Frederick Kamegni is probably eligible for insurance under the Affordable Care Act, but he didn’t know it before he walked into the Portland Community Health Center to see his doctor Monday.

Kamegni, 40, may soon join the more than 13,700 Mainers who had signed up for coverage under the federal health care law through Dec. 28.

Maine and other states had a surge in enrollment on the Affordable Care Act’s insurance marketplace last month, according to figures released Monday by the U.S. Department of Health and Human Services.

At the end of November, Maine’s enrollment was about 1,700.

Nationally, about 2.2 million had signed up for insurance by the end of 2013.

“These are very solid numbers and they show a significant demand for what’s being offered,” said U.S. Sen. Angus King of Maine. “Many who have never had coverage before now have coverage.”

In Maine, whose population is the oldest in the country, nearly half of the enrollees were in the 55-64 age bracket, the third-highest percentage in the United States. The health care law hinges on more young people buying insurance, but Maine health experts said they aren’t concerned about the large number of older enrollees in the first three months of the marketplace.

The marketplace is where individuals who don’t qualify for Medicaid – many self-employed or part-time workers – can buy subsidized insurance.

Like Kamegni, many recent immigrants don’t know that they are eligible for coverage under the law, said Libby Cummings, an outreach coordinator at the Portland Community Health Center.

Cummings has helped hundreds of people sign up for insurance, and she planned to tell Kamegni about his eligibility Monday after his appointment was completed. Kamegni, who speaks limited English, said he fled Cameroon in 2012 and is applying for political asylum.

Asylum seekers, while in the United States legally, are not permitted to work immediately and are not eligible for Medicaid.

Immigrants aren’t the only ones who don’t realize they are eligible for coverage until they are told by health center employees.

“A lot of people don’t know that they qualify for (insurance) and haven’t even thought about it yet,” said Meg Clews, a nurse practitioner at the clinic. “They’re still figuring out how the system works. I’m still figuring out how the system works.”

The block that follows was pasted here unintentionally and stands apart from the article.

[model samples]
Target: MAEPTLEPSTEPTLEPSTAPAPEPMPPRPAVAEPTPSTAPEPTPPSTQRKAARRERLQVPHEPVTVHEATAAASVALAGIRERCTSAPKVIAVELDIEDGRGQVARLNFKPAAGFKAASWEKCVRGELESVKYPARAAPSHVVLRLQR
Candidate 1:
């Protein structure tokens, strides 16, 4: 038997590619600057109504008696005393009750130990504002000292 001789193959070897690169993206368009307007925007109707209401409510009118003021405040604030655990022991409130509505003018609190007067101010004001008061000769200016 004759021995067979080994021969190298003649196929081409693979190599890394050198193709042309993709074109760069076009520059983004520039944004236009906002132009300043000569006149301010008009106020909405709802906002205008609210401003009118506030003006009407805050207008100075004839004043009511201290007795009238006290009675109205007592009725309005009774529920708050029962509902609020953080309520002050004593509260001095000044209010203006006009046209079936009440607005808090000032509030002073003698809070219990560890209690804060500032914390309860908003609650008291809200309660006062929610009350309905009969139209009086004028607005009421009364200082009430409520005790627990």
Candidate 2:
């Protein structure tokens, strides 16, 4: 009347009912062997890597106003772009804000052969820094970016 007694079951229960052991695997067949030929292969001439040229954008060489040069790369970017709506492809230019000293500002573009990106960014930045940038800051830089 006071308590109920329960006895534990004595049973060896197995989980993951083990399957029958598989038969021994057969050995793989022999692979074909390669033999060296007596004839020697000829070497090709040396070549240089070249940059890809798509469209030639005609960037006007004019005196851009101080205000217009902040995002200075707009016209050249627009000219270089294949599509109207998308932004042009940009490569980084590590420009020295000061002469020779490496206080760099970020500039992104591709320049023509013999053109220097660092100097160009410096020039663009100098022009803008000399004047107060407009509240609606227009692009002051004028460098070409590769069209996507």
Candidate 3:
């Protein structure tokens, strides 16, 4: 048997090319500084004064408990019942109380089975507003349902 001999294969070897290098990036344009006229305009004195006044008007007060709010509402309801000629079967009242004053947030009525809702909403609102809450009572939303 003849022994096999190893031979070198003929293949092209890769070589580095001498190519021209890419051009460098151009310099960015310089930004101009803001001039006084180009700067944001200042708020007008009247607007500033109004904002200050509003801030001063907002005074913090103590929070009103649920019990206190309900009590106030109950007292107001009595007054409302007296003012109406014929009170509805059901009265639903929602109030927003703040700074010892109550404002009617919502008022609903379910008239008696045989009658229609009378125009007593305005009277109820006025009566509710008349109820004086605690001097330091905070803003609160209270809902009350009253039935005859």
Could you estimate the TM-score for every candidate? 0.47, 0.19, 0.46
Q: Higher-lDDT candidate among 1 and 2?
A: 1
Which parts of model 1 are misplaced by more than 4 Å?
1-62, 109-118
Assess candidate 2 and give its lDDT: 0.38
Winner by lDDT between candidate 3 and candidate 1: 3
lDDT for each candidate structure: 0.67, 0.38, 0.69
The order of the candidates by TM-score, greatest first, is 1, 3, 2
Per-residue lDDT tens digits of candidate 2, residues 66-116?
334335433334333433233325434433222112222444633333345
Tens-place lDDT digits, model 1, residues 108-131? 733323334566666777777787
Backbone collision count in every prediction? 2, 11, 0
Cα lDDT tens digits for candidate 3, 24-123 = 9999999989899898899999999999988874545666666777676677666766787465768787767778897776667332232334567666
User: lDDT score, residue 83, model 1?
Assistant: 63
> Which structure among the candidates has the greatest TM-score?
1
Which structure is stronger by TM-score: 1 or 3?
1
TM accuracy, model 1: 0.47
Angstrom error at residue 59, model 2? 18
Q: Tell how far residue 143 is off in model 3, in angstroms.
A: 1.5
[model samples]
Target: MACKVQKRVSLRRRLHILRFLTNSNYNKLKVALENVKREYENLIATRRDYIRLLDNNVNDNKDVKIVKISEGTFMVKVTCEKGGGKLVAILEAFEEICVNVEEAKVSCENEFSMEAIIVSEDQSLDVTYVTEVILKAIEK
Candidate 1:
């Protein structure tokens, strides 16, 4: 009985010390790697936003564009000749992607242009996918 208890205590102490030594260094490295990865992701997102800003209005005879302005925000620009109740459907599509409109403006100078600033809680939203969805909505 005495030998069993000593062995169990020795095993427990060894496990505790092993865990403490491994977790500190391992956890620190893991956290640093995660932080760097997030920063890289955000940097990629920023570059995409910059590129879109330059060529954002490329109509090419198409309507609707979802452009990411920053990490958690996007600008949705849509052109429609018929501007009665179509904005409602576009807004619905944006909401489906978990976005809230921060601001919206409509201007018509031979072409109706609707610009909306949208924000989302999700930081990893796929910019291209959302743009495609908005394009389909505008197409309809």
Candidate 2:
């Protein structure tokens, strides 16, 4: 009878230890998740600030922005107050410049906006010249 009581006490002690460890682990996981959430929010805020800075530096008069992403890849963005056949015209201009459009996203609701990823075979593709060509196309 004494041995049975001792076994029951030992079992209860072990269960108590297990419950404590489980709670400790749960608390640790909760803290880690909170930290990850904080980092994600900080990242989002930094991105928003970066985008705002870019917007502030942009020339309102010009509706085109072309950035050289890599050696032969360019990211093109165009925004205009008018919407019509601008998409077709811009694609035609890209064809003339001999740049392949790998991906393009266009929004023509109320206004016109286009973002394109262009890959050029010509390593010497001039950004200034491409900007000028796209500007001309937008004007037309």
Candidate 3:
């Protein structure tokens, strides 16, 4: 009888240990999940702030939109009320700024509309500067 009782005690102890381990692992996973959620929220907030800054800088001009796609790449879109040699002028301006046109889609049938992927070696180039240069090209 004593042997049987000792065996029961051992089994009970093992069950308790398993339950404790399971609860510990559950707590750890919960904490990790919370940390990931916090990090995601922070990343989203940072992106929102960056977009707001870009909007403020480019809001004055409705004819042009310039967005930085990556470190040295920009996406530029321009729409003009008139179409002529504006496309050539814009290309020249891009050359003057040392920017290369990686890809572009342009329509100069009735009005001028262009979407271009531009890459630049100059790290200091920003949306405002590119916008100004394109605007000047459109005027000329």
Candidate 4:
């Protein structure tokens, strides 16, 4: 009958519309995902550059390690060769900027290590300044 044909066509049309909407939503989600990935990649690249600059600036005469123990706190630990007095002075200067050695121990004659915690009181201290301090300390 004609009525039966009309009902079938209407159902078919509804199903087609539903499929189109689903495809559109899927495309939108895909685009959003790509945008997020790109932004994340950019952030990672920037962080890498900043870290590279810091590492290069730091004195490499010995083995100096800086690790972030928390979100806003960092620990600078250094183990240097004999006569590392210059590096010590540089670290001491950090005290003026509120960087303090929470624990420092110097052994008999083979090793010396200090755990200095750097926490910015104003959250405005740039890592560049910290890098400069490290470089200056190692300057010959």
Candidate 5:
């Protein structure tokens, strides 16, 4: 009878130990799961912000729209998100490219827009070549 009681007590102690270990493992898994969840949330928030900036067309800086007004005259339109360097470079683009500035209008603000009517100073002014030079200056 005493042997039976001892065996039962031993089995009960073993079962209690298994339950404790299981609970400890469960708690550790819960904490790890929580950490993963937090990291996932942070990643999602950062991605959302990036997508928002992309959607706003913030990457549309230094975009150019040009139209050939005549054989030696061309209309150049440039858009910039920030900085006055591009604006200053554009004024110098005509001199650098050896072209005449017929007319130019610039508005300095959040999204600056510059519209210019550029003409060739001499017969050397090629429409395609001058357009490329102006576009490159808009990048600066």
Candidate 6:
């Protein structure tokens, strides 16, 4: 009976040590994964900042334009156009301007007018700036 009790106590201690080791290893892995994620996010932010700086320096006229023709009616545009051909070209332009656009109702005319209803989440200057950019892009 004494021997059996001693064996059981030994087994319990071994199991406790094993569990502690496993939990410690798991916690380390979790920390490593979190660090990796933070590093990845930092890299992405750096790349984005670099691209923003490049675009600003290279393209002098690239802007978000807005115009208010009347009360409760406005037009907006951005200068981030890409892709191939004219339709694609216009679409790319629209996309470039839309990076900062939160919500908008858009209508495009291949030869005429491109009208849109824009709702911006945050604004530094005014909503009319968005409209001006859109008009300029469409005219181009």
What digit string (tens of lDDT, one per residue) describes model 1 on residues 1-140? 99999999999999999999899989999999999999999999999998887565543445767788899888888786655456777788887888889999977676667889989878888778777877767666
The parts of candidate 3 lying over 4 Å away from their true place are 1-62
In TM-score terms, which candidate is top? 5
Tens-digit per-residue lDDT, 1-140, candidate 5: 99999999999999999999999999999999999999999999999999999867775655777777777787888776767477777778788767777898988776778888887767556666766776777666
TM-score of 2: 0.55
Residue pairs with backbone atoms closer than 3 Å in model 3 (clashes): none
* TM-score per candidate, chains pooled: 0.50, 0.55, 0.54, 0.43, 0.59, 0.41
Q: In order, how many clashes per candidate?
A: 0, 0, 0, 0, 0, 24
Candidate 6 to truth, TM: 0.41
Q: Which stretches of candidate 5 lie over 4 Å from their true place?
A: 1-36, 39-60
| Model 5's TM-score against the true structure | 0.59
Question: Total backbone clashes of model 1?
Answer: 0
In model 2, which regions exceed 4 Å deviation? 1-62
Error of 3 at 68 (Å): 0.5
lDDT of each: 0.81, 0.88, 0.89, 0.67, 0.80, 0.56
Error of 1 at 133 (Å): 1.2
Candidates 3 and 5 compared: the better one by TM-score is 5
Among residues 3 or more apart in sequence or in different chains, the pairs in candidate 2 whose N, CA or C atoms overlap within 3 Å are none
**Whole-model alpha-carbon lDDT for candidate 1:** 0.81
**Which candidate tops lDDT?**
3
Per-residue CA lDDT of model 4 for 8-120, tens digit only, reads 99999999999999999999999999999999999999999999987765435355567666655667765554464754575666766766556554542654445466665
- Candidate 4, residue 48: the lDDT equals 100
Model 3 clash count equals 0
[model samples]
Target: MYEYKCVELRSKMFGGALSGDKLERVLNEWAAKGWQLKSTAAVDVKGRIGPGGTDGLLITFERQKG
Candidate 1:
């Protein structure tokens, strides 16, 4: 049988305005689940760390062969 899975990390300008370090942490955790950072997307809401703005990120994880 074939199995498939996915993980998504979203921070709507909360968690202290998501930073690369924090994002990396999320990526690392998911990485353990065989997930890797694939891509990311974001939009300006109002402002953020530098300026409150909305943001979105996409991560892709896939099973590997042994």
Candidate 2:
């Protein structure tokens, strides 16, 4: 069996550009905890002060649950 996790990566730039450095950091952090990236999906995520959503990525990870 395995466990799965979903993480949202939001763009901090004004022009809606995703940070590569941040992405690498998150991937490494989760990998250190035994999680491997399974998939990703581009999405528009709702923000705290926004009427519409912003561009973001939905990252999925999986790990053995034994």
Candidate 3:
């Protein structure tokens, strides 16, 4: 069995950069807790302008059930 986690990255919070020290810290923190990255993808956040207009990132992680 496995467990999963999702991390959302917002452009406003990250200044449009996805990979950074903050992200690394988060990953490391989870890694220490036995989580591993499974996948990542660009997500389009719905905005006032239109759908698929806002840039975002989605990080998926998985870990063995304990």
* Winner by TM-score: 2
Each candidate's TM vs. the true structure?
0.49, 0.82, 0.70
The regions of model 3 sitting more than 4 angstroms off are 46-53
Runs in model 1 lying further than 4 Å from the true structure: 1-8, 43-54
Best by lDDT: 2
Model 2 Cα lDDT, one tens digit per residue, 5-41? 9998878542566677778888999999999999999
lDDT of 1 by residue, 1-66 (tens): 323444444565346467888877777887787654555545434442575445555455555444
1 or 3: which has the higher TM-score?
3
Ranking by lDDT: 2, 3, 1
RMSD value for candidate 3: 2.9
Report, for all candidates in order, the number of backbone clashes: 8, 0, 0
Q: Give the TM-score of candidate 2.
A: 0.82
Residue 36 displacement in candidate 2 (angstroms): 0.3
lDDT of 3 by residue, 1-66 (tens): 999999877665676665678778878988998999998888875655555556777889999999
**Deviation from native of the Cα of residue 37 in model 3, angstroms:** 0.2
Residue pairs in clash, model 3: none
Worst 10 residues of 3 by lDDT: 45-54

Leslie Brancato, executive director of the health center, said the clinic anticipates a surge in patients so it is adding two nurse practitioners to meet the demand.

“We’re experiencing much faster growth than anticipated,” Brancato said. “We have a lot of requests for new patient appointments.”

In Maine, the number of sign-ups could more than double by March 31, the end of the 2014 enrollment period, said Mitchell Stein, public policy director for Consumers for Affordable Health Care, a health advocacy group.

Stein said it’s just an educated guess at this point, but it wouldn’t be surprising to see enrollment on the marketplace reach 25,000 to 30,000 in Maine.

Wendy Wolf, president and CEO of the Maine Health Access Foundation, a nonprofit that is helping to publicize the Affordable Care Act, said the numbers are good news, especially considering the computer glitches that prevented people from signing up when the marketplace went online in October and the limited advertising for the insurance.

“I would say 13,700 is a pretty amazing figure. People are desperate to find affordable health insurance,” Wolf said.

Kevin Lewis, the head of Maine Community Health Options, one of two insurers on the marketplace in Maine, said the enrollment “exceeded expectations.” He said 80 percent of the Mainers who shop on the marketplace are choosing Maine Community Health Options’ plans.

Lewis and federal officials indicated that they are not concerned with the age mix of the enrollees because they expected many younger people to wait until closer to the March 31 deadline to enroll.

Nationally, 35 percent of those who signed up in the past three months were 55 or older. In Maine, 43 percent were 55 or older.

The health care law is intended to encourage younger, healthier people to buy coverage so that insurance premiums are reduced for older people.

“We think more and more young people are going to sign up as time goes by, which is consistent with what we’ve seen in Massachusetts,” said Gary Cohen, deputy administrator and director of the federal Center for Consumer Information and Insurance Oversight. Massachusetts started a program similar to the Affordable Care Act in the mid-2000s.

“We are actually very pleased with the percentage (of younger enrollees) that we have so far and we expect that percentage to increase,” Cohen said.

In Maine, 18 percent of the enrollees were in the 18-34 age bracket, below the national average of 25 percent.

Lewis said that although the enrollees tend to be older, it may not increase costs, because of the preventive screenings available under the Affordable Care Act and through Maine Community Health Options plans.

And Lewis said he believes that more young people will sign up.

“In the end, we’ll have a good risk pool,” he said.

Washington Bureau Chief Kevin Miller contributed to this report.

Joe Lawlor can be contacted at 791-6376 or at: jlawlor@pressherald.com Twitter: @joelawlorph